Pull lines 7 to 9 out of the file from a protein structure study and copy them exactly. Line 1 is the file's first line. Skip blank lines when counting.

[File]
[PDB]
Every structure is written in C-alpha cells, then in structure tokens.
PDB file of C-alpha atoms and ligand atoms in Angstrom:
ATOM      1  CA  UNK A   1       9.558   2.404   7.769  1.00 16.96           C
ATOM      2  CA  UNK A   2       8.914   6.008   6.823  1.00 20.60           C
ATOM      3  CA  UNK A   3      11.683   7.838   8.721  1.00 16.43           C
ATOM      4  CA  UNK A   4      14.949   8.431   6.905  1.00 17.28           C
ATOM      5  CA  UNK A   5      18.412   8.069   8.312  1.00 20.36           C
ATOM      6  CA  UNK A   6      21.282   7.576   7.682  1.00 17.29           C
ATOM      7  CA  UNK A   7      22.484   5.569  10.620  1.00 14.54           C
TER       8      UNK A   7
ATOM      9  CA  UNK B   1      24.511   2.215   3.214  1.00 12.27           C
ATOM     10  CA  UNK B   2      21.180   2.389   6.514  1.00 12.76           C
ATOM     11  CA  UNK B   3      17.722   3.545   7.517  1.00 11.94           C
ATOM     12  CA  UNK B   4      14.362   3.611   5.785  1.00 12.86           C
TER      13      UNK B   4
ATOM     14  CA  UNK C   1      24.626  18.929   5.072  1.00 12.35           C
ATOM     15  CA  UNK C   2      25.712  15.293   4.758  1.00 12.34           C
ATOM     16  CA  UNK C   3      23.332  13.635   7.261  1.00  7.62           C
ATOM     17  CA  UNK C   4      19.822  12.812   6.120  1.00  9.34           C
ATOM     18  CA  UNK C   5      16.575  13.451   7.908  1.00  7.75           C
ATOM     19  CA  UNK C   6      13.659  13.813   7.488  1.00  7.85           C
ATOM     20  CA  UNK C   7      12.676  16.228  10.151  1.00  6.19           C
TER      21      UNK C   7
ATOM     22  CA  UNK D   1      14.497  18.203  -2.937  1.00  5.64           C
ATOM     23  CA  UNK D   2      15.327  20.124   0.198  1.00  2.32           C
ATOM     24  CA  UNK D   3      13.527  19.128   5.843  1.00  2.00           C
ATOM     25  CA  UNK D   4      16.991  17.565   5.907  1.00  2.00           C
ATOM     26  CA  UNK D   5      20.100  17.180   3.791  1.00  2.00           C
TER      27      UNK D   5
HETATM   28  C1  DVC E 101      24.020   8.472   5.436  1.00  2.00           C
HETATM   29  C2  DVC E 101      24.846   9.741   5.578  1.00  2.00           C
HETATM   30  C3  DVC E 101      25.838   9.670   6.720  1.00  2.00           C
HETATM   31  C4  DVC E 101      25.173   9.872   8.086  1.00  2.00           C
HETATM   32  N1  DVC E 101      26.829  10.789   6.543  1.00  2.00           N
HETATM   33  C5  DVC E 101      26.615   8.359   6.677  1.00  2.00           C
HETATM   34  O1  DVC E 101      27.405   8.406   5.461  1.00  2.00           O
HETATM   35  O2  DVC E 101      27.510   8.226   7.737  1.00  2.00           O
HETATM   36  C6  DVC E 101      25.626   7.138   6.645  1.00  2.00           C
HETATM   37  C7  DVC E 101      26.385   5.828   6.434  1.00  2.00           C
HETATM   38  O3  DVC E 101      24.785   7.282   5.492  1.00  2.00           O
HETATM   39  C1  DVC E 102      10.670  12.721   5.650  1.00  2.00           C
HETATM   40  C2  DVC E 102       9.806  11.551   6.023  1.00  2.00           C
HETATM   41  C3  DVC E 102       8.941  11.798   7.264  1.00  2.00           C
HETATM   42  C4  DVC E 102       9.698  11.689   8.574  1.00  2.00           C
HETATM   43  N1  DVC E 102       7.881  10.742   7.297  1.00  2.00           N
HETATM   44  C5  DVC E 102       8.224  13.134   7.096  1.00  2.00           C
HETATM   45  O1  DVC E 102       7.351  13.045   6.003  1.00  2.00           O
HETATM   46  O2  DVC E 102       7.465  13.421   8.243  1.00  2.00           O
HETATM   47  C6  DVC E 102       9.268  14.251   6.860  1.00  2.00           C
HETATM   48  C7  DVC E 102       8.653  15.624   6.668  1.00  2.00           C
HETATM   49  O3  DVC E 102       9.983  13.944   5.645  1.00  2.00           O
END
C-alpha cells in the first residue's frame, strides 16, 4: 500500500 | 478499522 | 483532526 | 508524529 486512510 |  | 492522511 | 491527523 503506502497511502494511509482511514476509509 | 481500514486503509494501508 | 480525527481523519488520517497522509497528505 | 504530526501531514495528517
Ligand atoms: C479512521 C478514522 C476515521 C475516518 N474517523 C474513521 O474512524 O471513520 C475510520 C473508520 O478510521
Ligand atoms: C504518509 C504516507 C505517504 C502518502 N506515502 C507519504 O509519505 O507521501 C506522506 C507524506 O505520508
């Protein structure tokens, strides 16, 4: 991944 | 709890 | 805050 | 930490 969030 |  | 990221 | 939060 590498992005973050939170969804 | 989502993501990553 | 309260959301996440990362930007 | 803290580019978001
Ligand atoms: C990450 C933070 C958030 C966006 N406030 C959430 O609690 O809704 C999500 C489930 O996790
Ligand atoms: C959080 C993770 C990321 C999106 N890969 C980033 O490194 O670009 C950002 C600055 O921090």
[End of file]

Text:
ATOM      4  CA  UNK A   4      14.949   8.431   6.905  1.00 17.28           C
ATOM      5  CA  UNK A   5      18.412   8.069   8.312  1.00 20.36           C
ATOM      6  CA  UNK A   6      21.282   7.576   7.682  1.00 17.29           C